HKP Architects’ Partner Brian Poppe, AIA, LEED AP, embarked on an incredible summer trip to Italy in September. Once back at the office, we sat down with him to discover what he loved most about his time in Italy.
Where in Italy did you visit and why?
We spent 11 days in Italy, starting our trip on my wife’s birthday. Having never visited Italy it didn’t seem right to stay in just one place. We landed in Rome, staying there for two nights, followed by Florence for two nights, and finally Venice for two nights. From there we left our tour behind and traveled on our own to Naples via rail, staying there for three nights.
Again, having never visited Italy we saw this trip as almost a scouting trip to see where we would like to return to and spend more time in a subsequent trip. Right now, that’s Florence.
What were your most memorable experiences on your trip?
There are so many, each day bringing something new, and every two days being somewhere new.
As a guided tour not only did we have a tour guide with us from Rome to Venice but we also had local guides showing us the sights. The local guide in Venice was the perfect mix of dry wit, local knowledge, and irreverence. Walking through Saint Mark’s Basilica, followed by the Doge’s Palace was a perfect overlap with the downpour outside. Through our earpiece we heard not only about the architecture, but also religion, and their three branches of government.
One of the most impactful trips was our visit to Herculaneum. As cramped and crowded as Pompeii was, Herculaneum was not. And as cleared out as Pompeii was, Herculaneum was not. Only approximately 5 sq. km of approximately 22 sq. km. of Herculaneum has been cleared, the rest of the city is under modern day Ercolano. Recent excavations in 1980 uncovered the “boathouses” where the skeletons of up to 400 people waiting to evacuate Herculaneum were smothered in place by the pyroclastic flow. Standing at the boathouse doors, picturing these people waiting to leave and then seeing the 60’ of volcanic debris looming overhead really drove home the tragedies caused by the eruption of Mount Vesuvius.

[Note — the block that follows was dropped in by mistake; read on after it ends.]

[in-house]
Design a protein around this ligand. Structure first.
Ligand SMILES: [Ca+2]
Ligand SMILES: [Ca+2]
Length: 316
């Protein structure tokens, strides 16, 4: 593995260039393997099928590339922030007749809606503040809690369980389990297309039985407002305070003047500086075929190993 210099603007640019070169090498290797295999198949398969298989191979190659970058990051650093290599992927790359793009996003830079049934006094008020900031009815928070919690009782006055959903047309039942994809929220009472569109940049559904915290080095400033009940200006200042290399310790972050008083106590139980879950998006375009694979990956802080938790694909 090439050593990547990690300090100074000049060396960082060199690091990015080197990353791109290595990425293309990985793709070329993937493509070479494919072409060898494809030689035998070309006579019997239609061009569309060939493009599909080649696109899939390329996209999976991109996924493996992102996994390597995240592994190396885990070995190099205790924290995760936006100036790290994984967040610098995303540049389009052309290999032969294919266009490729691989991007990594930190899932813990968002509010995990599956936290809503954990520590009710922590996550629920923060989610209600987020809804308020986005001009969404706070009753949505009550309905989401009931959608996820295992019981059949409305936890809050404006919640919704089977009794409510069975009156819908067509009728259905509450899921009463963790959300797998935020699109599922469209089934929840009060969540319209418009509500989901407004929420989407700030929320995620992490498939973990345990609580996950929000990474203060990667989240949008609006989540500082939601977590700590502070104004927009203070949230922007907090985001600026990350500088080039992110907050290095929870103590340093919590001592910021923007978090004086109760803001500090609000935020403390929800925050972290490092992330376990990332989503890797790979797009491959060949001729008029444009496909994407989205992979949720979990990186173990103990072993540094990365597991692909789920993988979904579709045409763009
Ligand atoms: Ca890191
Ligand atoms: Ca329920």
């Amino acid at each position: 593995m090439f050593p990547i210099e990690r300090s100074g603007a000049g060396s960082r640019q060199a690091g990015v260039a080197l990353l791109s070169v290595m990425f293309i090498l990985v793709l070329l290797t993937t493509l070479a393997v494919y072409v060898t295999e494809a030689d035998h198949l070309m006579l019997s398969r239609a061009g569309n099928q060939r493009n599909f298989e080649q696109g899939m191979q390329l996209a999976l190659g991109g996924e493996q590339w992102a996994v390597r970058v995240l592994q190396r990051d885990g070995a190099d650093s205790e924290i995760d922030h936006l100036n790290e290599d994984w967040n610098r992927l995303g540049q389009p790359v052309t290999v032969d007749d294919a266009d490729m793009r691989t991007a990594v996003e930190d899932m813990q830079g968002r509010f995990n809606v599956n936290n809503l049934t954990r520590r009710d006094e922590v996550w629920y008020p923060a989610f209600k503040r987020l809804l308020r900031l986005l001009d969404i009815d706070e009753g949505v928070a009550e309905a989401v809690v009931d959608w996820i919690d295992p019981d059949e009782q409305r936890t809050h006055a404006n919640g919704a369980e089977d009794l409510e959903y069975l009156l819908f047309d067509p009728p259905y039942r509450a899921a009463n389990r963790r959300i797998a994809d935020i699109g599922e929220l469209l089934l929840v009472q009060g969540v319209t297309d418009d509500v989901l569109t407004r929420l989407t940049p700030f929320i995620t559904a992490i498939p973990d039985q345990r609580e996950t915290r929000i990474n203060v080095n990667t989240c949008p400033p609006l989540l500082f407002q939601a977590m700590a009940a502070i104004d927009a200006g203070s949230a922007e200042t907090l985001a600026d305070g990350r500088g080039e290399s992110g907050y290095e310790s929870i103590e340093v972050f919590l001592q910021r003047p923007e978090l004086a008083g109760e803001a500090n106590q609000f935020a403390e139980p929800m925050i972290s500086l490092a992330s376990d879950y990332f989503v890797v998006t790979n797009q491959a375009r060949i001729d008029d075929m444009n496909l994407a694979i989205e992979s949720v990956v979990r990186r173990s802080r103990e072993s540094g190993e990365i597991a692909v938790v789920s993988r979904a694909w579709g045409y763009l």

Did you see or experience anything that you would like to incorporate into HKP’s practice (if applicable)? (lifestyle, way of thinking, way of working, etc)
One thought that comes to mind is reinforcing the longevity of civic architecture. These projects should and do have long lasting impacts in their surrounding communities and environment. And where our projects have 50-75, and maybe 100-year expectations, these buildings are hundreds of years old and are still serving their original purposes. These extended lives take a dedication to their maintenance and budgets to support the maintenance. At HKP we endeavor to build not only long-lasting buildings but also the long-lasting relationships to assist with their ongoing care, maintenance, and changing needs.
What was your favorite meal during your trip?
Our last night in Rome we were walking around by ourselves, not knowing what we wanted to eat or where to go and came around the corner to see a restaurant with a street-side dining area. We were relieved that the owner and staff knew just enough English to assure us that reservations were not needed. We both ordered spaghetti carbonara. The simplicity of the meal with the quiet and intimate location was the perfect way to remember Rome.
Our second evening in Florence treated us to dinner in the Tuscan hills at a local winery. The views, and food, and camaraderie with our fellow tourists was another wonderful departure point.
What architecture were you thrilled to see?
During our second day in Rome we went on a walking tour of the ancient heart of the city. Walking down a side street and turning the corner and being presented with the Pantheon was a wonderful architectural memory. As big as the building is it almost felt like a hidden jewel. Going inside, everything was in view and easy to comprehend. As if on cue, the oculus illuminated our entry into the building.
The Duomo in Florence was at the top of my list to see and experience. However, the reality of facing 90 minutes in line just to shuffle through the space reset my expectations. I still want to visit the Duomo, but when I have more time to devote to experiencing the space. In lieu of the Duomo we sought out other local churches to visit, and while they were largely anonymous, they were some of the more special experiences, with their presence and quiet reverence.